Once 3dReHo is completed and you have your correlation maps, you will then need to normalize them. Note that normalize can have different meanings, depending on the context. With FMRI data, when we talk about normalization we usually mean normalizing the data to a standard space so that individual subjects, with all of their weird-looking, messed-up brains, can be compared to each other. This results in each subject's brain conforming to the same dimensions and roughly the same cortical topography as a template, or "normal" brain, which in turn is based on the brain of an admired and well-loved public figure, such as 50 Cent or Madonna.

However, normalization can also refer to altering the signal in each voxel to become more normally distributed. This makes the resulting statistical estimates - whether betas, correlation coefficients, or z-scores - more amenable for a higher-level statistical test that assumes a normal distribution of scores, such as a t-test. Although there are a few different ways to do this, one popular method in papers using ReHo is to take the mean Kendall's Correlation Coefficient (KCC) of all voxels in the whole-brain mask, subtract that mean from each voxel, and divide by the KCC standard deviation across all voxels in the whole-brain mask.

As a brief intermezzo before going over how to do this in AFNI, let us talk about the difference between 3d and 1d tools, since knowing what question you want to answer will direct you toward which tool is most appropriate for the job. 3d tools - identified by their "3d" prefix on certain commands, such as 3dTfitter or 3dDeconvolve - take three-dimensional data for their input, which can be any three-dimensional dataset of voxels, and in general any functional dataset can be used with these commands. Furthermore, these datasets usually have a temporal component - that is, a time dimension that is the length of however many images are in that dataset. For example, a typical functional dataset may have several voxels in the x-, y-, and z-directions, making it a three-dimensional dataset, as well as a time component of one hundred or so timepoints, one for each scan that was collected and concatenated onto the dataset.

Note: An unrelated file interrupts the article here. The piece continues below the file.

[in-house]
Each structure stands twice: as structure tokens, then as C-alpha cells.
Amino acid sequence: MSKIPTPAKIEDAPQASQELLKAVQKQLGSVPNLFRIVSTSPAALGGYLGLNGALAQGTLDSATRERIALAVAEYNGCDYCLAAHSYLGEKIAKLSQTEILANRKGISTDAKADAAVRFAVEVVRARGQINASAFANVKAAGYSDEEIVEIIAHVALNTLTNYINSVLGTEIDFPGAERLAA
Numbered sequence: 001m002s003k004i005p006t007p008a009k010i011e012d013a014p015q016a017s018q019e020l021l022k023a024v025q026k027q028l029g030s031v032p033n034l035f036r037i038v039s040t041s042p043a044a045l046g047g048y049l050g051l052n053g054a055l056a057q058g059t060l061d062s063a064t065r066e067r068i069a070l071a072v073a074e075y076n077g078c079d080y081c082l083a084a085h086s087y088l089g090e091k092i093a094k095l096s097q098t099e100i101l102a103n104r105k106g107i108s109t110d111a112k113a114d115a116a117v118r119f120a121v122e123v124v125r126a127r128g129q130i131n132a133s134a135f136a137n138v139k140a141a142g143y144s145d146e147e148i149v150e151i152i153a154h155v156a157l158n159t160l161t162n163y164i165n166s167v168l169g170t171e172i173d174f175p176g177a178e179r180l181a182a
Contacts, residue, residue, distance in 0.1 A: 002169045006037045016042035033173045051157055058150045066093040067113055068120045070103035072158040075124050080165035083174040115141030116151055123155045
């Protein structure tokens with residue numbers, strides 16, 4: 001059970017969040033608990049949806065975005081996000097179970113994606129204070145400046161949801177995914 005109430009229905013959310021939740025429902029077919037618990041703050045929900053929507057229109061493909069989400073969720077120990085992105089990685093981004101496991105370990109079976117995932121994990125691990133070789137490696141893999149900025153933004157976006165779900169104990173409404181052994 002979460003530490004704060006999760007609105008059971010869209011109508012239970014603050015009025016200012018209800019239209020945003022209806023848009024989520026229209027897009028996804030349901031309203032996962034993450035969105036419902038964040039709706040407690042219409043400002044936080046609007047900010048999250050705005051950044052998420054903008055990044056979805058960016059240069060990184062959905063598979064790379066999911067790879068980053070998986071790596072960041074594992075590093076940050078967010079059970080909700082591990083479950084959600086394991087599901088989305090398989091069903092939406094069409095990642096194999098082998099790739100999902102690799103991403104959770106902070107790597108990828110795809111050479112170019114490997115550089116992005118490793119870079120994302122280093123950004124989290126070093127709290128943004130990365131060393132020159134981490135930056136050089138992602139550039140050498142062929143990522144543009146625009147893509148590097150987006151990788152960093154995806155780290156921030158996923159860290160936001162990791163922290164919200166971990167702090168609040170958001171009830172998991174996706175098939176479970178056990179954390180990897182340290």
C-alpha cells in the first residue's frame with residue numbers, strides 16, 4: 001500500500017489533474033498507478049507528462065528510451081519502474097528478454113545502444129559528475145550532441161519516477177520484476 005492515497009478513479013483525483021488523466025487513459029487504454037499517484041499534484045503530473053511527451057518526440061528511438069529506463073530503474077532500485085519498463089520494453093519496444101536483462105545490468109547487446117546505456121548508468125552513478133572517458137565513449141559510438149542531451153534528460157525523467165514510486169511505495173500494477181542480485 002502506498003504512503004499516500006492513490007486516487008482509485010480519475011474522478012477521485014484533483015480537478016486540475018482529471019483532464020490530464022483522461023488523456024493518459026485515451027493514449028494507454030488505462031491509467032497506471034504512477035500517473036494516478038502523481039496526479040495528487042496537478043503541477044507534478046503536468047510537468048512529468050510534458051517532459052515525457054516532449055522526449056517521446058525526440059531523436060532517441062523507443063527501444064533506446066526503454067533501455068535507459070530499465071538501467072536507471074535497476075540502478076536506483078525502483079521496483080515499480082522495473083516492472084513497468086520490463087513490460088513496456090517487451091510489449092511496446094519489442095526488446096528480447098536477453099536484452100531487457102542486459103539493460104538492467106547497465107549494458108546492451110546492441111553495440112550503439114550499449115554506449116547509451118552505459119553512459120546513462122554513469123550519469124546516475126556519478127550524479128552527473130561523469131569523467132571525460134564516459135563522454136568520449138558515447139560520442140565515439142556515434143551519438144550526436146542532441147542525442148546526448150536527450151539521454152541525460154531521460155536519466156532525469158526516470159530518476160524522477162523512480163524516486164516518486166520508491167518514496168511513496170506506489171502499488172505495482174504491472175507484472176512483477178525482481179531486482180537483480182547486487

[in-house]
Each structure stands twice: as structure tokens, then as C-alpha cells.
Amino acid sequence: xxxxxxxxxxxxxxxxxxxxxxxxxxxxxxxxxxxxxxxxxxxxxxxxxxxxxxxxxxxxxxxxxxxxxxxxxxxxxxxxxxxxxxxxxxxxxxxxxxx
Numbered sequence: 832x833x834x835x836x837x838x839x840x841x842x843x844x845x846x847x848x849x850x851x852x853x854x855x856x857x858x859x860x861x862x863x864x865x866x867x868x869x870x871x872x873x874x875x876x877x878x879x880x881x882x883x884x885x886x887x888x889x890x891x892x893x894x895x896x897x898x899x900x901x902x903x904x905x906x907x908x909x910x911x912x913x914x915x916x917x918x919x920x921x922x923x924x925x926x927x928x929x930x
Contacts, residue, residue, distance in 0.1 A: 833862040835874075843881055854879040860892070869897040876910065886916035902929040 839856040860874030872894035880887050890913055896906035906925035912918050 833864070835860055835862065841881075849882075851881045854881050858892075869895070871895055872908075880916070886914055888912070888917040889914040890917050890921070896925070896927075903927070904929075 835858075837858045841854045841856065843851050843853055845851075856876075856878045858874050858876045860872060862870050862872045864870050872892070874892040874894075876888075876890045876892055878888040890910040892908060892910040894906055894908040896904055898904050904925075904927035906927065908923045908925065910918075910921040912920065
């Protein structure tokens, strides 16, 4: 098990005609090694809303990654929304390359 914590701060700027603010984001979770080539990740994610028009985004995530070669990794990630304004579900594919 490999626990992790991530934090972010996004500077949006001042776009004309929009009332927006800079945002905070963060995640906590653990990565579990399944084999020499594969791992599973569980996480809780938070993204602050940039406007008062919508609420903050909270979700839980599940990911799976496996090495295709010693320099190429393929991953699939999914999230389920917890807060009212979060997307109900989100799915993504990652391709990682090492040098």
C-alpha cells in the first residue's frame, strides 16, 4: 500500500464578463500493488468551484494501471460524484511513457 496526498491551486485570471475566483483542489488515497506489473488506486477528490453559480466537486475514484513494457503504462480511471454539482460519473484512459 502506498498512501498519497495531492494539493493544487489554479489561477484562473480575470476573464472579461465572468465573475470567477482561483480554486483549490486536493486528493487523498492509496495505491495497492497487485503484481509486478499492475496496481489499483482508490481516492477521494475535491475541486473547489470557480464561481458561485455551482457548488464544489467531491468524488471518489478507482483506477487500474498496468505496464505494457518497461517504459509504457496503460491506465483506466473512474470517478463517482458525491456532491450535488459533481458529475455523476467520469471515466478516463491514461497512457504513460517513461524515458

1d tools, on the other hand, use one-dimensional input, which only goes along a single dimension. The ".1D" files that you often see input to 3dDeconvolve, for example, have only one dimension, which usually happens to be time - one data point for every time point. Since we will be extracting data from a three-dimensional dataset, but only one value per voxel, then, we will use both 3d and 1d tools for normalization.

Once we have our regional homogeneity dataset, we extract the data with 3dmaskdump, omitting any information that we don't need, such as the coordinates of each voxel using the -noijk option:

3dmaskdump -noijk -mask mask_group+tlrc ReHo_Test_Mask+tlrc > ReHo_Kendall.1D

Note also that the -mask option is using the whole-brain mask, as we are only interested in voxels inside the brain for normalization.

The next step will feed this information into, which calculates the mean and standard deviation of the Kendall correlation coefficients across all of the voxels: -show_mmms -infile ReHo_Kendall.1D

Alternatively, you can combine both of these into a single using the "|" character will feed the standard output from 3dmaskdump into

3dmaskdump -noijk -mask mask_group+tlrc ReHo_Test_Mask+tlrc | -show_mmms -infile -

Where the "-" after the -infile option means to use the standard output of the previous command.

3dcalc is then used to create the normalized map:

3dcalc -a ReHo_Test_Mask+tlrc -b mask_group+tlrc -expr '((a-0.5685)/0.1383*b)' -prefix ReHo_Normalized